3. Work on your sleep hygiene
Try and go to bed and get up at approximately the same time every day, don’t watch tv in bed, keep your bedroom aired and low on stimuli, don’t take alcohol and spices in the evening, turn off blue screens and devices and dim the light well before you actually turn in, listen to calming music or a guided meditation if you have trouble falling asleep.
4. Try mindfulness meditation and/or yoga
These practices teach you skills that increase a more flexible, calmer state of mind. You are working with your body and mind in such a way that you learn mental and physical flexibility and resilience. In the case of mindfulness meditation, there is now an increasing amount of research confirming that it actually changes the brain in such a way that self-referential mind chatter decreases and stable awareness increases. If you’re interested in scientific evidence, go here.
Fear of fear itself
Now an important reason why fear and anxiety are difficult to deal with, is that they are overwhelming emotions that can totally control us. And because we feel so helpless and out of control when we’re anxious, we’d rather avoid ever having to feel it at all, and try to get rid of it as quickly as possible in all kinds of (usually quite counterproductive) ways.
Here is the thing: we are actually afraid of the fear itself. Our physical system, which is primarily geared for survival, will react to anything unpleasant as a potential danger. So the cramped feeling that takes our breath away and obscures our clear thinking is seen as the enemy, and the body responds with more stress, and more anxious thinking. But the trouble is: once we are held hostage by fear, the rational mind is muted and we operate in a narrowed state of consciousness, which certainly does not improve matters.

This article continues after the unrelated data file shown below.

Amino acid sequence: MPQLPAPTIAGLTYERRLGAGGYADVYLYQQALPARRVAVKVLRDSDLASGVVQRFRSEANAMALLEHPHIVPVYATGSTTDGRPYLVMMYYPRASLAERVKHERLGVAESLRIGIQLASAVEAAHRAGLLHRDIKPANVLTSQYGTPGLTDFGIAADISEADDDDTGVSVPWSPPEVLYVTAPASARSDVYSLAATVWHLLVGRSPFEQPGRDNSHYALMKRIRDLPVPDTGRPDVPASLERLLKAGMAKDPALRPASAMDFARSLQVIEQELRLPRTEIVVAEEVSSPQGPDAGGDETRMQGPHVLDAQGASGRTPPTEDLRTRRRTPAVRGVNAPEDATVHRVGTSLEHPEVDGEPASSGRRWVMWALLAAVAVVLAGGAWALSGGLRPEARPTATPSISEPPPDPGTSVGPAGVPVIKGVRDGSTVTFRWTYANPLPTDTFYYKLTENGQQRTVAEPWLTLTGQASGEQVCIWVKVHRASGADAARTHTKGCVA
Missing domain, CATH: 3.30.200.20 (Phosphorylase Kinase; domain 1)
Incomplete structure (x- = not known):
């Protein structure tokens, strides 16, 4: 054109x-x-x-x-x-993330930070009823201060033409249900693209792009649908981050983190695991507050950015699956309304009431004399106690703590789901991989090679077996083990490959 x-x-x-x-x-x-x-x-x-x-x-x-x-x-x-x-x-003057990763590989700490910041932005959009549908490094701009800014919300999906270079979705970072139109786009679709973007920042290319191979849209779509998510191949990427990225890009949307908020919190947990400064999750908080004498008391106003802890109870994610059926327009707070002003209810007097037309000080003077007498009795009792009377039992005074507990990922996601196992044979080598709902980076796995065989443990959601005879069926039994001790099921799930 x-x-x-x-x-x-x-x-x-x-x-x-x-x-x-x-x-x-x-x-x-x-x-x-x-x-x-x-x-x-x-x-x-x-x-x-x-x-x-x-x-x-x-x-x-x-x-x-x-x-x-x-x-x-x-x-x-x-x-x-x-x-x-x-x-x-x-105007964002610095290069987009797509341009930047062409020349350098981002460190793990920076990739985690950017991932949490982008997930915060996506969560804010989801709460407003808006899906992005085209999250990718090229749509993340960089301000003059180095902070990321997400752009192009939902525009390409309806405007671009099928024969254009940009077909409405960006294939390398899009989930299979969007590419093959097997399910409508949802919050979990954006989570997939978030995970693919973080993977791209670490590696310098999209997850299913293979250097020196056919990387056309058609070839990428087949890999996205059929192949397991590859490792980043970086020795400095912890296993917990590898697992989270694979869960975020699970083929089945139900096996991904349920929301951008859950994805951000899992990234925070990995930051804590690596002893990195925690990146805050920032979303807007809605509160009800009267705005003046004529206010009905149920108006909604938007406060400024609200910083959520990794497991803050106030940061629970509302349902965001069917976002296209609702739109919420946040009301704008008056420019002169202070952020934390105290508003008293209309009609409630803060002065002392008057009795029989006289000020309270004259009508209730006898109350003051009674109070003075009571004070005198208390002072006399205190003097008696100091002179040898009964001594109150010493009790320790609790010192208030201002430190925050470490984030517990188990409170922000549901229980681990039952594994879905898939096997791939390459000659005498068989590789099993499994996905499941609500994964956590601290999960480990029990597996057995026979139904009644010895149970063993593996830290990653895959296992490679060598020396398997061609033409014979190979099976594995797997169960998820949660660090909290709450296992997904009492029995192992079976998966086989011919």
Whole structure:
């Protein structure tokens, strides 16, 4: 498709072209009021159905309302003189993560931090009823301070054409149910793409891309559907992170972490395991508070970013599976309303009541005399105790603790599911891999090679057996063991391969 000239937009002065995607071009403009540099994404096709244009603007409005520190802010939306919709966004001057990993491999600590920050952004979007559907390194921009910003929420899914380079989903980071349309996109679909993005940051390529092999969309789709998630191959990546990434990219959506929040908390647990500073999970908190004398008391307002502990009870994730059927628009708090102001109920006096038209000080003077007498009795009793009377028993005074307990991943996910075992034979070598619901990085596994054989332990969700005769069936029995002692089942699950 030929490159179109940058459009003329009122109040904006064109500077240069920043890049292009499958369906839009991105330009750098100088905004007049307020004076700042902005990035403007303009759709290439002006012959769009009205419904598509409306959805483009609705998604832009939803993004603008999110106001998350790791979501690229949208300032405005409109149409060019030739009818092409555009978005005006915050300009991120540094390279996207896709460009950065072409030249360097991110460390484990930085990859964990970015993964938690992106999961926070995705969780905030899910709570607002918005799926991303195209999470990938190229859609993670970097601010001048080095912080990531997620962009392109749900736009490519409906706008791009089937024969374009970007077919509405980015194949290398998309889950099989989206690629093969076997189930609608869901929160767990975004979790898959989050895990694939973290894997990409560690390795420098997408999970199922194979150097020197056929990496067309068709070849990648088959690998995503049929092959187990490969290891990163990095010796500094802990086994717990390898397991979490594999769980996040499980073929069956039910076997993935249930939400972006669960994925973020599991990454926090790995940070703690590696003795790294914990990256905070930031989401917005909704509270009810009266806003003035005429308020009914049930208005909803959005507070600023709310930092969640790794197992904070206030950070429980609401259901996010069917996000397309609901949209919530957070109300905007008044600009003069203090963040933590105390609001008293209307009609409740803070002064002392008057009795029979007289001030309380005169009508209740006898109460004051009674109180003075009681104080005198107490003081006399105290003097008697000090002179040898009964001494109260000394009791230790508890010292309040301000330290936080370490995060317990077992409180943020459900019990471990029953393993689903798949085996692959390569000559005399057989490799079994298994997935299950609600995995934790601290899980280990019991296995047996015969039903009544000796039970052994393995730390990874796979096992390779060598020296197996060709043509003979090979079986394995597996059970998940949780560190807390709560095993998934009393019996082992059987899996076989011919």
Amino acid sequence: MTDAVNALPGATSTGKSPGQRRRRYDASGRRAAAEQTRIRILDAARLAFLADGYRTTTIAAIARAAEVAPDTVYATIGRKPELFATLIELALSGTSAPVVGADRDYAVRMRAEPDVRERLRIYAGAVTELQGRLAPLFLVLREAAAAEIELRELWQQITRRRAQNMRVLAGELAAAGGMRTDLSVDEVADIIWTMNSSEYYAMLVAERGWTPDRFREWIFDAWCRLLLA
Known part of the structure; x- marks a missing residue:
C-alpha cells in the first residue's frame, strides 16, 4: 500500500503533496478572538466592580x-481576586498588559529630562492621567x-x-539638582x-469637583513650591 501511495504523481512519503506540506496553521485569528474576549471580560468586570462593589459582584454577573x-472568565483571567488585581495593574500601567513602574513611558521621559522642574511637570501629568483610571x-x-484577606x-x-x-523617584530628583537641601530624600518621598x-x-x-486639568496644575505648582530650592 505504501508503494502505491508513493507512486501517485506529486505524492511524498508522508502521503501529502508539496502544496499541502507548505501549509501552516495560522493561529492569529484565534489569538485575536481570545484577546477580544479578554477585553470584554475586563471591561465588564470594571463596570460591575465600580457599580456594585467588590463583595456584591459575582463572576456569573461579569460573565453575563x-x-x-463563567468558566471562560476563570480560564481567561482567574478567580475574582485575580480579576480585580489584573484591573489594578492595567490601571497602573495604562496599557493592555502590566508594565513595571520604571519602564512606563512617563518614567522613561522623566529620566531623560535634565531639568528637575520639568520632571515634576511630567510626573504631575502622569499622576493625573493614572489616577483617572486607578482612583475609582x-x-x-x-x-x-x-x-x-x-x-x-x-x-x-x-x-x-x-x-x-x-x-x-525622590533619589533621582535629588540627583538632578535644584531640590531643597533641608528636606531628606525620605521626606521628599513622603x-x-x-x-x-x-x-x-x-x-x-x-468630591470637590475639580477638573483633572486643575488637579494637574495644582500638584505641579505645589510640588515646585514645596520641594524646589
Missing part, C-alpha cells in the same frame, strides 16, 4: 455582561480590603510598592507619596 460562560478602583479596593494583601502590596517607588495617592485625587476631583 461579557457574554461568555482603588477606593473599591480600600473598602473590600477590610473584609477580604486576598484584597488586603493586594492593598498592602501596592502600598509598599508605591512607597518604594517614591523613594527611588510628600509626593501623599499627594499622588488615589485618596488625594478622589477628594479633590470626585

We are trying to regulate an emotional ‘threat’ as if it is a life threat. And that, unfortunately, doesn’t work.
Our resistance to fear puts oil on the fire.
So what to do?
1. Stop fighting fire with fire
Get out of the fight/flight response that is keeping your rational mind hostage. Stop feeding the anxious thoughts that lead to the tendency to act out.
This is easier said than done, I know; once you are on your fear trip, it is not that easy to get out.
What helps is that you learn to recognize how the early stage of anxiety feels for you. Get to know your triggers and warning signs. That requires body awareness and paying attention.
2. Focus on the breath
A second step is to steer your awareness away from the anxious thoughts that fuel the stress reaction, and to focus your attention on your body and your breath. Sit down and especially feel your feet on the floor and your buttocks on the chair – shift your attention to your lower body, ground yourself.
3. Find a quiet place in the body
Another ‘trick’ is to find a place in your body where the fear is not felt (there is certainly a toe, knee or earlobe where the fear is not nestled), to bring your attention there and to experience that feeling. This helps you become aware of the fact that anxiety is not all that you are. There is anxiety, but it is not what you are.
4. Change your attitude towards fear and anxiety
Perhaps the most important thing: instead of seeing fear as the enemy, you better see it as a hurt child or a wounded animal. Let your attitude to your own fear be the same as it would be to that child or animal. Gentle, understanding, comforting.
Love is the most powerful antidote to fear.
Not an overnight change
Now I know, from over 10 years of teaching mindfulness and meditation, that simple as these practices sound, they are not. Our brain is wired for survival, and this means that the neural pathways we have created over the years with our automatic responses, are strong and easily triggered.
We can train the brain for more adequate responses, but ‘train’ is the operative word. This doesn’t happen overnight.
It takes dedication, trust and patience.
Guided meditations, ideally initially done in moments when you are not overwhelmed by anxiety, are a great way to train the brain.
I have a brief one for you (8 minutes) that helps you make an easy start.
You can get it here.